In Univ. of Miami v. Great Am. Assur. Co., 38 Fla. L. Weekly D392 (Fla. 3d DCA 2013), Florida’s Third District Court of Appeals announced a ruling in a case of first impression that will have a substantial impact in Florida’s legal community. Specifically, the court held that where multiple defendants are covered by the same policy of insurance, the insurer must provide independent and separate counsel for each defendant. This decision should be called the Lawyer’s Employment Opportunity Act of 2013. A copy of the decision is available here.
The Univ. of Miami decision was unique because one of the defendants, MagiCamp, contractually agreed to indemnify University of Miami (“The U”) for any damages arising from the activity. Because of that indemnification, the insurer took the position that there could be no conflict. The U disagreed, retained its own counsel, and later sued the insurer for reimbursement of its fees and costs. The Third District agreed with The U, and found that “where both the insured and the additional insured have been sued, and the allegations claim that each is directly negligent for the injuries sustained, a conflict between the insured and the additional named insured exists that would require the insurer to provide separate and independent counsel for each.”
Still, the decision raises more questions than it answers. Many policies are “wasting policies,” meaning that the total amount of coverage declines for every dollar expended on litigation costs. Thus, what happens when there a lawsuit claiming damages of $1,000,000 filed against an entire Board of Directors consisting of 6 directors, where the aggregate limits of total insurance coverage of their “wasting” policy is for $1,500,000? In this situation, there are (at least) two competing conflicts: (i) one for representation where there exists the possibility of finger pointing amongst the directors, and (ii) another where every available dollar of coverage is expended for every dollar spent on lawyers. To exacerbate the conflict, what should the insurer do when all but one of the insured-defendants agree amongst themselves that only one lawyer should represent them (in order to conserve available insurance dollars), yet there exists one dissenting director who wants his/her own counsel? The questions are endless.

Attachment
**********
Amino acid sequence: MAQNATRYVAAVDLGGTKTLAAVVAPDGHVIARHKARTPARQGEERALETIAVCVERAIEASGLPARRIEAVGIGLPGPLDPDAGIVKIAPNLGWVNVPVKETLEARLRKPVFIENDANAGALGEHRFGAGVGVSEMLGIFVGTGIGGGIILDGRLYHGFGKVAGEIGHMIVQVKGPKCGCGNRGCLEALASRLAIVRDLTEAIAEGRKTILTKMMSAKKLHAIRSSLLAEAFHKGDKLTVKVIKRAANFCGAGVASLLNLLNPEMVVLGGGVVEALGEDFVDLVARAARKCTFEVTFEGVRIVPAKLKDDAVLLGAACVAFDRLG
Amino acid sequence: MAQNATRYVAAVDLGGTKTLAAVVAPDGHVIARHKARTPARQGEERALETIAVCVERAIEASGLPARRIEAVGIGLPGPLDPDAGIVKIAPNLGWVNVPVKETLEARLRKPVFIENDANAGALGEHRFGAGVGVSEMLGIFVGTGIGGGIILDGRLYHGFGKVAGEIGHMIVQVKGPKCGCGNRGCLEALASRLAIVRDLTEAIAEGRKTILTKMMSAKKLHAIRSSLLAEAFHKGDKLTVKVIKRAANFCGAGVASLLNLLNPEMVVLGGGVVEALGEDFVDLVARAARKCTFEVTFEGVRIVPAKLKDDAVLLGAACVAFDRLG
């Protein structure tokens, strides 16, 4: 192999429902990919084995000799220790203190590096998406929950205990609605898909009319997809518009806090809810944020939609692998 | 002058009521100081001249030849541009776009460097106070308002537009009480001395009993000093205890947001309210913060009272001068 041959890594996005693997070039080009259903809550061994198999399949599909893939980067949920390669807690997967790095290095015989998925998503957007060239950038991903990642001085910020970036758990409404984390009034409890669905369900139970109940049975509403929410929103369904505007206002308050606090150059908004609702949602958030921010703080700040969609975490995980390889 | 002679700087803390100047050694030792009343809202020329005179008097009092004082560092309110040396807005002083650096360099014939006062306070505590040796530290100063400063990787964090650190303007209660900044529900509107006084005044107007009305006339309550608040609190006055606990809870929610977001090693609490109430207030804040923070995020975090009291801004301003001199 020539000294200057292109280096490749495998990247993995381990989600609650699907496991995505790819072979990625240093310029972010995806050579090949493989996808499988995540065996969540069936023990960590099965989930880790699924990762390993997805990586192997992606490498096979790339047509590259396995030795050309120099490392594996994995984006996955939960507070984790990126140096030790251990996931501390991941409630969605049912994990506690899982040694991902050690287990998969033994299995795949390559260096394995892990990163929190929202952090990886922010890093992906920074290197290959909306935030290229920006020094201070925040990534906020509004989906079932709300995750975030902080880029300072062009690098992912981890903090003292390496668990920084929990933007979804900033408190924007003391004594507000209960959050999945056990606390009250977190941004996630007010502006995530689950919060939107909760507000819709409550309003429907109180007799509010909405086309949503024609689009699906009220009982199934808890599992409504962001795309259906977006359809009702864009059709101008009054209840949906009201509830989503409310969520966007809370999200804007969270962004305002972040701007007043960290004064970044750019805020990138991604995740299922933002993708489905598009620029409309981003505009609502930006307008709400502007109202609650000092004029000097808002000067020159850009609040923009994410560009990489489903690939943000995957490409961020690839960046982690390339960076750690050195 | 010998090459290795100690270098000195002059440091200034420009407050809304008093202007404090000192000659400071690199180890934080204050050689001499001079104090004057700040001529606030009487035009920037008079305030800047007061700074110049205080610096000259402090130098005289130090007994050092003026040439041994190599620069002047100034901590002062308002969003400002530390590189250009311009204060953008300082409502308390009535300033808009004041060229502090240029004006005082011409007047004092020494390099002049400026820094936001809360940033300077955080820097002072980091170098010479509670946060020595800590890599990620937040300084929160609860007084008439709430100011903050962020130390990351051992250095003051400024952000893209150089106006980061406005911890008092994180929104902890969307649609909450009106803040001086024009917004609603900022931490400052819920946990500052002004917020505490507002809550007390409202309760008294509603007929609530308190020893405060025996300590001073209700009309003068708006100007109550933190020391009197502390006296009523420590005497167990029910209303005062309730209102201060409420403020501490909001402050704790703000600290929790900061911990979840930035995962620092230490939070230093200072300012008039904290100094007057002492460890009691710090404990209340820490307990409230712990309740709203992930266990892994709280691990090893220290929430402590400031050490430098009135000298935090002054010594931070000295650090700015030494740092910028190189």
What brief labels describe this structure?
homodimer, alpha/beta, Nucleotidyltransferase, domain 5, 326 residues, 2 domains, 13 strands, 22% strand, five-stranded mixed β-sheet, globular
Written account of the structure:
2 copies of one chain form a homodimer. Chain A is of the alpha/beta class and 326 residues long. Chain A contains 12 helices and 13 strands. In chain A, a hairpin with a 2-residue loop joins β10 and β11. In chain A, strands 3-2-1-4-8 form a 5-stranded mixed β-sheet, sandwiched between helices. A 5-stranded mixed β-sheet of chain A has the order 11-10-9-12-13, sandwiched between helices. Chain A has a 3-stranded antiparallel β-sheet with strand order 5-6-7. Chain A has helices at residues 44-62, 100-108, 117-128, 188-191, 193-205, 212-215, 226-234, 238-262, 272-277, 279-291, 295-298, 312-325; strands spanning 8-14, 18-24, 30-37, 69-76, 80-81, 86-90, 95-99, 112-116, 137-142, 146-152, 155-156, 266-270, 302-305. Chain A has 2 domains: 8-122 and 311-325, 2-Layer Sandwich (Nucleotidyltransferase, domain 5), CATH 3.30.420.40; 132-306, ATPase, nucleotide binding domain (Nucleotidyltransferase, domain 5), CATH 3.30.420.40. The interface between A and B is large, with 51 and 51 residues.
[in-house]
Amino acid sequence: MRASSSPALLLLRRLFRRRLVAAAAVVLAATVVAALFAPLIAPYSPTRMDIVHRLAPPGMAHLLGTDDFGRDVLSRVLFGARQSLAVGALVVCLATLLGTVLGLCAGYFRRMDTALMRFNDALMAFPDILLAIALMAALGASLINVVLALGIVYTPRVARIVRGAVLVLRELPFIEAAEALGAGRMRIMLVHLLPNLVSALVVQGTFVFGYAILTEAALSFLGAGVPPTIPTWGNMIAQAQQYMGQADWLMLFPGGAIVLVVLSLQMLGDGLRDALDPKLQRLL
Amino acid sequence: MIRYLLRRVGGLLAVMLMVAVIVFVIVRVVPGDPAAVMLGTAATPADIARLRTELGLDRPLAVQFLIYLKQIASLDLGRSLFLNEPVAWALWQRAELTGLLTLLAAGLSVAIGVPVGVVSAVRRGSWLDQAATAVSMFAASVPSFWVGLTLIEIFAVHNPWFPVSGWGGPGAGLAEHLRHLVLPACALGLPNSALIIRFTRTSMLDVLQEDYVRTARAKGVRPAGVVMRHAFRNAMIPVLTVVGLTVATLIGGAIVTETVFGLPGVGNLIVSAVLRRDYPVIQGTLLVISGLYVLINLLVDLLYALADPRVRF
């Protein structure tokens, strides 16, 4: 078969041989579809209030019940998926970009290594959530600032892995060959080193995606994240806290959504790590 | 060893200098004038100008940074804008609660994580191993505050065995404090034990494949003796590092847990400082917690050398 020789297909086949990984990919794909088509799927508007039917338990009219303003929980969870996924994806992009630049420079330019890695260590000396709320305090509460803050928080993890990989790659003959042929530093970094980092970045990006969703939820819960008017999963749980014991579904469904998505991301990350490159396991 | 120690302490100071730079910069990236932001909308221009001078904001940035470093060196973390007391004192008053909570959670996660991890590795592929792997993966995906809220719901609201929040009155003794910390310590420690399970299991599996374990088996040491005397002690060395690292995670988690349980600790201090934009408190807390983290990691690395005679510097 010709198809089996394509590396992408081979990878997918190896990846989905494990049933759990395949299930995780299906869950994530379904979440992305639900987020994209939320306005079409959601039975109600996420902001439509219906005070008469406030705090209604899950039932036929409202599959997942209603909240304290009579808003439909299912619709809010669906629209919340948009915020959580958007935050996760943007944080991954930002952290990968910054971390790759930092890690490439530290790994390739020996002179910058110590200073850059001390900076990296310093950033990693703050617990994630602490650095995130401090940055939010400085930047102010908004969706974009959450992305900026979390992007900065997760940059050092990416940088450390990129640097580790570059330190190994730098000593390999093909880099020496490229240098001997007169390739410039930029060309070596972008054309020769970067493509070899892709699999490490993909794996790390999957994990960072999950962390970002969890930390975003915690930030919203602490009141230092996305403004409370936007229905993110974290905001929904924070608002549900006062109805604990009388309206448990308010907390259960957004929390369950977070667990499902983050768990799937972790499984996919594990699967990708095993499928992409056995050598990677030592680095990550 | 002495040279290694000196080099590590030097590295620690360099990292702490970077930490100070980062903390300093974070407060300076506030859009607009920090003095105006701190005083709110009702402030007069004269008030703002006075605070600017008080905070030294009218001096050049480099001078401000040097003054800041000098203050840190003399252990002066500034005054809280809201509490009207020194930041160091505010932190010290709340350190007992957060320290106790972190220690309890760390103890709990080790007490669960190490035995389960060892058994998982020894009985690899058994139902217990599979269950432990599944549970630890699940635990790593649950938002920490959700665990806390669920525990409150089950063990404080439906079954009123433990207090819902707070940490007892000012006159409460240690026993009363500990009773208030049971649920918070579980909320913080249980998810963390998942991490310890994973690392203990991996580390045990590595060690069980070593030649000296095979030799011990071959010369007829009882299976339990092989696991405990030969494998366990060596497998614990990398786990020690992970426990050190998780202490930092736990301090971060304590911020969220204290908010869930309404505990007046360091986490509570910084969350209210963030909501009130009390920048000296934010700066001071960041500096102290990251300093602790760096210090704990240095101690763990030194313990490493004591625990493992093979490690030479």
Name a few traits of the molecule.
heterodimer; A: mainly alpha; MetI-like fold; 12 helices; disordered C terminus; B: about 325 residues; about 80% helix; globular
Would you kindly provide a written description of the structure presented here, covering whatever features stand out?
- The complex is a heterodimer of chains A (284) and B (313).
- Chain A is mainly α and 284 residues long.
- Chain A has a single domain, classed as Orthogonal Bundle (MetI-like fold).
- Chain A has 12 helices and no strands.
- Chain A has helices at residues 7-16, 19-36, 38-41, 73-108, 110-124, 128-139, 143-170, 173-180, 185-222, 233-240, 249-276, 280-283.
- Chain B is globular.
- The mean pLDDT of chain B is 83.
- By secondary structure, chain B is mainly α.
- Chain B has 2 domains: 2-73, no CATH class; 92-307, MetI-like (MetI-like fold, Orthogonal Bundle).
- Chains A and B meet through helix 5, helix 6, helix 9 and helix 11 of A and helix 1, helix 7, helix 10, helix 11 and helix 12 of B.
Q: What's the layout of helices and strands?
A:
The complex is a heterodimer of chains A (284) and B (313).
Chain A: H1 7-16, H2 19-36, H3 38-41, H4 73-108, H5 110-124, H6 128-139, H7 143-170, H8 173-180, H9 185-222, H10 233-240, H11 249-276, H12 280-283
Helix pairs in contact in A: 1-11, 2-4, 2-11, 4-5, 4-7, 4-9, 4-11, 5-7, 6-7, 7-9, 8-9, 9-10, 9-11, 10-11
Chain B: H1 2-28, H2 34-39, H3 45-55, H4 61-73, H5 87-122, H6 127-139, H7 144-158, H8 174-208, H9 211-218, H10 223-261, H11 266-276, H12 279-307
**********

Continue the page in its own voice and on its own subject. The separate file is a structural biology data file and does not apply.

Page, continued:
It is expressly because of the endless array of “conflict questions” that Judge Shepherd dissented. Judge Shepherd rationalized that the issue of “conflict” is not and should not be decided on the basis of insurance law; rather, it is a question of professional ethics. Explaining that there was no conflict-in-fact because there was no adversity between the co-insureds, Judge Shepherd noted, “A conflict of interest between jointly represented clients occurs whenever their common lawyer’s representation is rendered less effective by reason of his representation of the other. Furthermore, the difference in the potential for liability [between] two insureds, standing alone, does not necessarily result in an actual conflict of interest between them so far as their joint defense is concerned.” In other words, a hypothetical “paper conflict” is insufficient to mandate the engagement of separate counsel.
Recognizing the logic of Judge Shepherd’s dissent, the majority noted that the Univ. Of Miami holding does not reach or address “[c]onflicts created by coverage or policy limit issues [which are] not the issue in this appeal.” Id. at fn 5. But that only begs the question of when the insurer must retain independent counsel for multiple insureds?
The answer, respectfully, lies not within the terms of the insurance policy, but within the confines of the professional responsibility of defense counsel. Rule 4-1.7(a)(1) provides that “a lawyer shall not represent a client if the representation of 1 client will be directly adverse to another client; or (2) there is a substantial risk that the representation … will be limited by the lawyer’s responsibility to another client.” Thus, the counsel retained to represent MagiCamp and The U was obliged to stand up to the carrier and explain that he/she was ethically barred from representing both parties. Unless, of course, said counsel was not ethically barred in fact, thus underscoring the point that the alleged “conflict” was nothing more than a “paper conflict.”
In any event, what remains clear is that skilled counsel is necessary to engineer the defense strategy at the inception of the case. Defense issues ranging from insurability and coverage, as well as counter-maneuvers and tactics designed to undermine the plaintiff’s case-in-chief need to be vetted at the earliest opportunities. Otherwise, parties remain entrenched in lawsuits even after the underlying case is over.
The attorneys at Fuerst Ittleman David & Joseph have extensive experience in all areas of complex litigation, including international and domestic business matters, contract disputes, and insurance issues. Please contact us by email at email@example.com or telephone at 305.350.5690 with any questions.